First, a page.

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Revert digital typeset claims by publisher - Can I E Pub?

Posted: Tue Jul 10, 2012 4:12 am
by Ashleigh Morgan
REVERT Titles to me but does not seem Publisher has Reverted when claiming rights to digital typeset as rephrased herein ... ???

Can anyone HELP clarify this for me?

Have requested the Publisher to revert my books back to me.
I was informed only 16 were available to revert. Am I intrepreting this incorrectly ...?? Any views would be helpful...

Letter from Publisher
This is to confirm that Publishers rights in the text of the above-referenced Works have reverted to you purusant to the terms of the Agreements. (5 Contracts noted above allegedly stated as being the Works for 16 Titles)

Any sub-licenses previusly granted, if still in effect, will not be renewed following their expiration. Notwithstanding the reversion of these rights, you will receive payment pursuant to the term of the Agreements for Publisherls use of the Works to date, for those print copies which may be on hand in inventory and subsequently sold, and for any amounts that Publisher may receive under any active sub-licences.
[1. Should I not be informed as to what sub-licenses are in affect, when they expire and how they are using my 16 books? i.e. what formats]

Publisher retains an intellectual property interest in the typeset edition of the Works. Any such reprints of the Works using the digital typeset files [note how it changes to 'digital typeset files] are subject to Publisher's prior written approval, which shall not unreasonably be withheld. Requests should be directed in writing to Contracts Adminstration (see below).

Publisher has the rights to use the trademarks XXX , XXX and other trademarks owned by the Publisher and its affiliates ("the Trademarks"); all art used on the cover or otherwise in association with the sale or distribtion of the Works ('The Art"); and the title page and other preliminary pages. This reversion does not confer upon you the rights to use the Trademarks, the Art or any elements thereof, or the title page or other preliminary pages in association with the Works and you are hereby expressly prohibited from doing so.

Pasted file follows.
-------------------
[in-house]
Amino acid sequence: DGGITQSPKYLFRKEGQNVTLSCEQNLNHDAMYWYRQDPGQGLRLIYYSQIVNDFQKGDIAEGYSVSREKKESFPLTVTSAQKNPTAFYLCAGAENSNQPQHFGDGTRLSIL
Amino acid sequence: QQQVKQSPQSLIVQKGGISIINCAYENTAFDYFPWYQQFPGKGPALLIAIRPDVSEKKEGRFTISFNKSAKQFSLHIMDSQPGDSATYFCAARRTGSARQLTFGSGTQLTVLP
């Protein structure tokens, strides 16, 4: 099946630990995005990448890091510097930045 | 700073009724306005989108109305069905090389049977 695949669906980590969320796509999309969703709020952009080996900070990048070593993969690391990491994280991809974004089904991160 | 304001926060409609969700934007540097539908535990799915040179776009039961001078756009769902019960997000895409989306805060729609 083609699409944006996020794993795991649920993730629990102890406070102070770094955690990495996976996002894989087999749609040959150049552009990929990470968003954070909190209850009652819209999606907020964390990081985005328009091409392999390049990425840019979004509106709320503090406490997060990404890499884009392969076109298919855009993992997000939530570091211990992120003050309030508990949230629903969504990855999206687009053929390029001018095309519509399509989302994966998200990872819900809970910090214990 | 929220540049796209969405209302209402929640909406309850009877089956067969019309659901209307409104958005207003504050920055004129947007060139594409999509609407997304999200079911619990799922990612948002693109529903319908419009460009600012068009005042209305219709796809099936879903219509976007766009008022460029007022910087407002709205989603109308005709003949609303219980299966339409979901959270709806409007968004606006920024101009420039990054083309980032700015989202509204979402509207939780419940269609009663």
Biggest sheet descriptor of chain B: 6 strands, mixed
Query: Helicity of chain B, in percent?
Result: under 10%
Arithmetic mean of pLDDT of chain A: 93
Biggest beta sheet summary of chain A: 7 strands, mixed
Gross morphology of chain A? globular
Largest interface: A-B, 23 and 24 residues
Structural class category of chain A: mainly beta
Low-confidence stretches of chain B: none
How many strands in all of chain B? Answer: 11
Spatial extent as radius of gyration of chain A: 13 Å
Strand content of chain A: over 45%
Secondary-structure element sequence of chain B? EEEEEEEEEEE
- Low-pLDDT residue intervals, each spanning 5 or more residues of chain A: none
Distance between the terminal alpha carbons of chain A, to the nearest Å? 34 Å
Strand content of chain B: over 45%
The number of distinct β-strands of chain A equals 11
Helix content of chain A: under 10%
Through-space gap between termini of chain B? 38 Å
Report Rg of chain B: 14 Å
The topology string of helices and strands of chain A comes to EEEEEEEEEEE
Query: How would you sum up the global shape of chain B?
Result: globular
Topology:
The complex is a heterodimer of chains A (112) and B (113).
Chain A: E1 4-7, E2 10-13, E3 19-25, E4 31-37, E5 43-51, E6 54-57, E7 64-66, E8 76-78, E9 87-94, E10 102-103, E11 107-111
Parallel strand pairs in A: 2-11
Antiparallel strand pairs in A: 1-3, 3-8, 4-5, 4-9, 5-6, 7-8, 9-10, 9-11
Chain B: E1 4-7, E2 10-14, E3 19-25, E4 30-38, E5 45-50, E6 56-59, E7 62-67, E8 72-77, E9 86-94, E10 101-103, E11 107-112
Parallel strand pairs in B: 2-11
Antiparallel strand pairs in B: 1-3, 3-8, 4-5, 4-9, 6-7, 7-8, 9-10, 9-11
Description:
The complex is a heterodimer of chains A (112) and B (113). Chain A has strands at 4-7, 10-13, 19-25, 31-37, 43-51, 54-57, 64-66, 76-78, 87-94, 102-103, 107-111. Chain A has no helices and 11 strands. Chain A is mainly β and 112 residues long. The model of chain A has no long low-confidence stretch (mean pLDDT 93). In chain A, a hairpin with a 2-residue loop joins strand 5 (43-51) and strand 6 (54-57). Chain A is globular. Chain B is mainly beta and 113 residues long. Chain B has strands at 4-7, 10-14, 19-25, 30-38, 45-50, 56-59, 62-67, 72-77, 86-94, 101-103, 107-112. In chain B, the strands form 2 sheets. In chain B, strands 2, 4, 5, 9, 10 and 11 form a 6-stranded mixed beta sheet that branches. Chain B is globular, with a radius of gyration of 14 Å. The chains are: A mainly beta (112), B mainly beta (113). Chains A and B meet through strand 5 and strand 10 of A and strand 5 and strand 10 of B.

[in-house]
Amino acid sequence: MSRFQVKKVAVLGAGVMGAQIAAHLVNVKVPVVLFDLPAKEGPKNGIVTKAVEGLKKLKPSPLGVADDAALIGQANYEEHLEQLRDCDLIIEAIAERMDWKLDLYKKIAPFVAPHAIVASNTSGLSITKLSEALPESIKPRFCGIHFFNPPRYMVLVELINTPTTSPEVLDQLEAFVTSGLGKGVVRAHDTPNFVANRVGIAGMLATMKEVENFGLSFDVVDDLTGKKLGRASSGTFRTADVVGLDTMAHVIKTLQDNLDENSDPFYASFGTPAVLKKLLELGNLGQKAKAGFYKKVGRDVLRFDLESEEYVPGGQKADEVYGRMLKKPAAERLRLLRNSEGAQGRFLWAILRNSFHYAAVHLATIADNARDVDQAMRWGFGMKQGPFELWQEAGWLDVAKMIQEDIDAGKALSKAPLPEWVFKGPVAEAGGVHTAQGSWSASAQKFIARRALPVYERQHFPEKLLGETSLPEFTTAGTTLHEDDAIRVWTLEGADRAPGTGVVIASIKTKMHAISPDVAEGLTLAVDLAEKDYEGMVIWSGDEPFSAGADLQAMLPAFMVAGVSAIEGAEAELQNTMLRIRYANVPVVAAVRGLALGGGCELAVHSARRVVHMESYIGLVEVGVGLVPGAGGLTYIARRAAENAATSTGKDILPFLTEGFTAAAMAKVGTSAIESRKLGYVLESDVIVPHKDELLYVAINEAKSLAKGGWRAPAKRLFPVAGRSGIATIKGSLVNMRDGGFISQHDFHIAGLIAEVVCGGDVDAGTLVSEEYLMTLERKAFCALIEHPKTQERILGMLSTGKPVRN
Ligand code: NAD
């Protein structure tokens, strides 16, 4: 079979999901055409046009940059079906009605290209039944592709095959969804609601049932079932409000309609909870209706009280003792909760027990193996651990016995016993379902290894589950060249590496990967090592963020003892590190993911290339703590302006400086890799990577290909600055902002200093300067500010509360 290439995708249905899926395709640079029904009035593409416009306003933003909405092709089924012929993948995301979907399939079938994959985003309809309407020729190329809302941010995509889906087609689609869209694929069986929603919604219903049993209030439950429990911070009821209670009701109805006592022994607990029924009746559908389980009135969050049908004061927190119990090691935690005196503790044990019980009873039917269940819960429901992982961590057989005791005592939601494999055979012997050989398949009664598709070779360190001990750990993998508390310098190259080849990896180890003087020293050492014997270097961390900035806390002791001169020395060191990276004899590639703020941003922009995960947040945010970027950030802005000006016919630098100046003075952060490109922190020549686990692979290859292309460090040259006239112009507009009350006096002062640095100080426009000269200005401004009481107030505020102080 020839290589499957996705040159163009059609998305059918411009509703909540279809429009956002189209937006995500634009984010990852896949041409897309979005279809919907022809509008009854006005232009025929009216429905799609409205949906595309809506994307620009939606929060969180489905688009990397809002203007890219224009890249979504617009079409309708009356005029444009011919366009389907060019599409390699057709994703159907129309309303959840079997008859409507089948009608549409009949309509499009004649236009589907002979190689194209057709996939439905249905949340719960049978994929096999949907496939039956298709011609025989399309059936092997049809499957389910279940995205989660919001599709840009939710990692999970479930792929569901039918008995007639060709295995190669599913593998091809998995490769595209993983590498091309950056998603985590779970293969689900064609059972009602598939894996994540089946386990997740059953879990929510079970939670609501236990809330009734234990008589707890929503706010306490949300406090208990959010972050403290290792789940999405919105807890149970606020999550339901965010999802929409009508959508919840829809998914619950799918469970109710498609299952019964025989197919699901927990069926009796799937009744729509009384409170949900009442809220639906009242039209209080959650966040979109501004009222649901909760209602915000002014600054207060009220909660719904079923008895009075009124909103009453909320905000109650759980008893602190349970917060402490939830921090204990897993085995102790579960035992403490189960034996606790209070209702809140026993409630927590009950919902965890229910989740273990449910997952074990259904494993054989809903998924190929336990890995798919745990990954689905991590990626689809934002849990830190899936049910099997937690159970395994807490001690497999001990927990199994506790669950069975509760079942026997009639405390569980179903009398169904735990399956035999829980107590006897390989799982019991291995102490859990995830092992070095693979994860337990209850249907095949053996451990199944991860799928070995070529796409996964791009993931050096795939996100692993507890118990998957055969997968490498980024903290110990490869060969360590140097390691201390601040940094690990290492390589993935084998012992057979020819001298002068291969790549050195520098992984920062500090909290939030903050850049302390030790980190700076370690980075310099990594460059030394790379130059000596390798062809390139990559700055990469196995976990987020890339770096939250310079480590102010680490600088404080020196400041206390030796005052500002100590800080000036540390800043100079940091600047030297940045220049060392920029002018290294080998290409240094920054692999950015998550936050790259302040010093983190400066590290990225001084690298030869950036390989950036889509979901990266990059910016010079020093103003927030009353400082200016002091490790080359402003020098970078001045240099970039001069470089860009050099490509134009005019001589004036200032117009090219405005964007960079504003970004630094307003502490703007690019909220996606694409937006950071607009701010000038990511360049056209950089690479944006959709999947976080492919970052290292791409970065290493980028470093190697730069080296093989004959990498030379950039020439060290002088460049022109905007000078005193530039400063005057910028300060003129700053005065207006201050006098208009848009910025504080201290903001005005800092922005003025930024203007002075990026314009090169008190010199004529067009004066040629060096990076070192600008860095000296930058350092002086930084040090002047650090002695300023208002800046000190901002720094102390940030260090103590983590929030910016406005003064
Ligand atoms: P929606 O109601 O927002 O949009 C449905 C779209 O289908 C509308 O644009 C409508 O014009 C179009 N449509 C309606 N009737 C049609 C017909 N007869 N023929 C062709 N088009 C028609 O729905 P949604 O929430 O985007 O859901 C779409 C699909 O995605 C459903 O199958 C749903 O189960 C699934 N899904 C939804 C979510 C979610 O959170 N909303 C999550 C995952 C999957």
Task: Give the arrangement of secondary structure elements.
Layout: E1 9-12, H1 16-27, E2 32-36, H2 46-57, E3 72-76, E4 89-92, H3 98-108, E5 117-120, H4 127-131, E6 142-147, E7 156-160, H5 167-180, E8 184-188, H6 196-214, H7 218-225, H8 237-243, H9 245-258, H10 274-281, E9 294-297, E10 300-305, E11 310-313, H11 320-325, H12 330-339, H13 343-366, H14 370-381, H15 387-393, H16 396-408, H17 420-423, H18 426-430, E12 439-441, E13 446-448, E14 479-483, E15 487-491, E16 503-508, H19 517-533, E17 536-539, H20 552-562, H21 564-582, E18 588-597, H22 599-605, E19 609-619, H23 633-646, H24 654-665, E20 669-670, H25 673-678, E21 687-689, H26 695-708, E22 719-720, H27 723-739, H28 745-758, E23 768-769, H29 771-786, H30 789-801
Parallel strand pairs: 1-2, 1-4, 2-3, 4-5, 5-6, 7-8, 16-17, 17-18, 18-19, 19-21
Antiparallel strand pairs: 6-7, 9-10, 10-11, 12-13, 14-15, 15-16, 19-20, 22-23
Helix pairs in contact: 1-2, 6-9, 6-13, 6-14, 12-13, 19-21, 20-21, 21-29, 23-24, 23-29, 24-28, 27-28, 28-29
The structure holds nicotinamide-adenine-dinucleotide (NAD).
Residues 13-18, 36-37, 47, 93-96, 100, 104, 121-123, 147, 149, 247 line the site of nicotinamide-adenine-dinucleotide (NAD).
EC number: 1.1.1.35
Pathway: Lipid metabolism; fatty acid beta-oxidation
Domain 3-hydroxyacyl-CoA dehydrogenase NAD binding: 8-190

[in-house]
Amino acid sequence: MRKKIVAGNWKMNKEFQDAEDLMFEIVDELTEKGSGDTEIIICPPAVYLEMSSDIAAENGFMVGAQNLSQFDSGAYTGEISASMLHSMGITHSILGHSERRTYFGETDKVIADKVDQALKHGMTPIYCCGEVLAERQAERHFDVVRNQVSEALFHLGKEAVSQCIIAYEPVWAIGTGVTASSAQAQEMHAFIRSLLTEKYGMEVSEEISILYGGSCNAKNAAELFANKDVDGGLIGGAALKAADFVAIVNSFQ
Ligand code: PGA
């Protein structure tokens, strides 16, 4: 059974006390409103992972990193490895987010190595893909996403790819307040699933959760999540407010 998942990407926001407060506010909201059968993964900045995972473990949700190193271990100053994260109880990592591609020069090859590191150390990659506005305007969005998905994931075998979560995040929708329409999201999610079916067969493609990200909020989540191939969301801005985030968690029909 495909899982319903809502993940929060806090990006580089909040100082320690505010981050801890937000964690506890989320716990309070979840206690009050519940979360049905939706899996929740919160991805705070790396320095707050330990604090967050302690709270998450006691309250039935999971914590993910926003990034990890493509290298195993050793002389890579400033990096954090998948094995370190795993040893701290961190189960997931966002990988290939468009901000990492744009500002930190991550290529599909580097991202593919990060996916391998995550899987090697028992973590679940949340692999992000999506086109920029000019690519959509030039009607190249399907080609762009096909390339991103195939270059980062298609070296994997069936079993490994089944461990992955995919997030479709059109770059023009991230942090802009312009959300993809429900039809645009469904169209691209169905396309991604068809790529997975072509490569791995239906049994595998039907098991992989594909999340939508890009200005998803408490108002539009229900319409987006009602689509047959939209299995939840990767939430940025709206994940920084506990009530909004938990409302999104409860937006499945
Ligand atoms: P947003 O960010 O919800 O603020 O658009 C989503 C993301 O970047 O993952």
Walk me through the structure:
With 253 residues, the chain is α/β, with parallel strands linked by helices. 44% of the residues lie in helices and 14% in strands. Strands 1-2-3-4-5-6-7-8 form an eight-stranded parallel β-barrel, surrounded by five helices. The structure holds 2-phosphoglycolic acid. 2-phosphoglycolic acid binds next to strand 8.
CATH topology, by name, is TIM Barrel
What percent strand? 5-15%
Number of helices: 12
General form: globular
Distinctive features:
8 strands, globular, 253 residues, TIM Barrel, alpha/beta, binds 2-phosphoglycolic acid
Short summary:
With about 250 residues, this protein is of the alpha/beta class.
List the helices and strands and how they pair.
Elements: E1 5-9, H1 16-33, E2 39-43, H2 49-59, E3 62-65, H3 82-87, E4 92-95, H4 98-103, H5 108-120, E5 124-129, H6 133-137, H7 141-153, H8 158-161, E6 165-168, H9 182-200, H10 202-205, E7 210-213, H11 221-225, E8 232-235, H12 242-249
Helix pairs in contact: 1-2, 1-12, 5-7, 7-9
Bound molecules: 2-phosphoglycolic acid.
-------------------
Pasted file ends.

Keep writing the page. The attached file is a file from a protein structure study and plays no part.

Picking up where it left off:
a. Have the titles and the Works actually Reverted back to me?
b. Can I E Publish my own books i.e. the Works
c. Should I not be entitled to know who the sub-licensee are, how long they may use the works, and in what format they are using the works?
d. The Art in its descriptive legal wording changes in paragraph to then incorporate the Works?

The Contracts which the Publisher allege DO NOT MATH the original Contracts I have and ...
Of the remaining 4 works - 1 was yet to be E Published (no Digital Rights in initial Contract - did not exist then)
2 were reprints
1 was recently printed in Dutch last Oct 2011

Is it right that I should feel so uncomfortable with this letter about reverting rights to me as it reads to me like a 'Claytons Type' offer to give me back my titles and rights to my copyright rights. I simply want to E Publish the books myself, update some of the info (I am the writer of the works and owner of the copyright)

Sorry for this being so long - the original contracts refer to the laws of England and I am an Australian Author writing under a peseudonym

HELP this Publisher is not helpful and many other writers are stuggling with the same issues

Posted: Tue Jul 10, 2012 7:22 am
by AndyJ
Hi Ashleigh,
It would seem that you now have back all rights to re-publish these books yourself, bearing in mind the fact that copyright in the cover illustrations and layout of the title and other preliminary pages is and remains owned by the publisher.